Reasoning about Authorization Policies

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An authorization policy states the conditions under which an action is permitted or forbidden. In this dissertation, we use formal methods to ensure that policies written in certain languages are unambiguous and to provide provably correct algorithms for reasoning about policies. For example, we describe how questions about entailment, such as ``may Alice edit the database?'', can be answered efficiently.

We begin by showing that a fragment of first-order logic can be used to represent and reason about policies. Because we use first-order logic, policies have a clear syntax and semantics. We show that further restricting the fragment results in a language that is still quite expressive yet is also tractable. More precisely, questions about entailment can be answered in time that is a low-order polynomial (indeed, almost linear in some cases), as can questions about the consistency of policy sets.

In addition to developing our own language, we have examined two policy languages, XrML and ODRL. We focused on these languages because, when we began our work, they seemed to have the strongest support from industry. We found that the specifications for both languages have significant problems, which is not surprising since neither includes formal semantics. We discussed the problems that we found with the language developers and then proposed formal semantics for each language. We present our semantics here. In addition, we consider the complexity of determining if a permission is implied by a set of statements in each language. We prove that the general problem for XrML is undecidable and the general problem for ODRL is decidable and NP-hard. Finally, we define fragments of both languages that are fairly expressive and for which the problem is polynomial-time computable.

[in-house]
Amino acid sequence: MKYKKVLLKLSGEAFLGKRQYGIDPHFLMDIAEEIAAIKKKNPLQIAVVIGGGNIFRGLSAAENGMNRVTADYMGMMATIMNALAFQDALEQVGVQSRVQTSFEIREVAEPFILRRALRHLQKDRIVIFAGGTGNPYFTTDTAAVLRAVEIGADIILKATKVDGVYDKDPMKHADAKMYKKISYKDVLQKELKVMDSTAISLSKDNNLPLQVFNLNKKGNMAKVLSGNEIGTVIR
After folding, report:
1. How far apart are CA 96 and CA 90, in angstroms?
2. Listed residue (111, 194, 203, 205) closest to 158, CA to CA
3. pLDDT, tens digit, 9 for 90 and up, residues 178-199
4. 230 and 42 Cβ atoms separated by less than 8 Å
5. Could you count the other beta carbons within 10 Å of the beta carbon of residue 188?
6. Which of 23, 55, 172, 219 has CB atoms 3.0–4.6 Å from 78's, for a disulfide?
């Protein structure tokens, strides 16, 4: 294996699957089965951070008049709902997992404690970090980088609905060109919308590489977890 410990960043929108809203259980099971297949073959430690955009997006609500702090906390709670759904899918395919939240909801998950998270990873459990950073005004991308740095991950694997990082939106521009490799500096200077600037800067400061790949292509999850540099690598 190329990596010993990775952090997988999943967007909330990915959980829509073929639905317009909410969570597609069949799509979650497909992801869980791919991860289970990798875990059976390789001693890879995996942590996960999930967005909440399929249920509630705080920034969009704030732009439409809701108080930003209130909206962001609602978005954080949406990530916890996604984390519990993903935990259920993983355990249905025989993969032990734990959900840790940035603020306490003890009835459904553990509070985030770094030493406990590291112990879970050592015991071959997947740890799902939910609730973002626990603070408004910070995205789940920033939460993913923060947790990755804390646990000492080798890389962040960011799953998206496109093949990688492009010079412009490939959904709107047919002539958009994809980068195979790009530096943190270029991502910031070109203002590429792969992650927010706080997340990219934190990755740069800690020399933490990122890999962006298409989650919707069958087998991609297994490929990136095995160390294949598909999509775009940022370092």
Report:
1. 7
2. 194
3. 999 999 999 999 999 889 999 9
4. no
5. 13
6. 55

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logic; security


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dissertation or thesis

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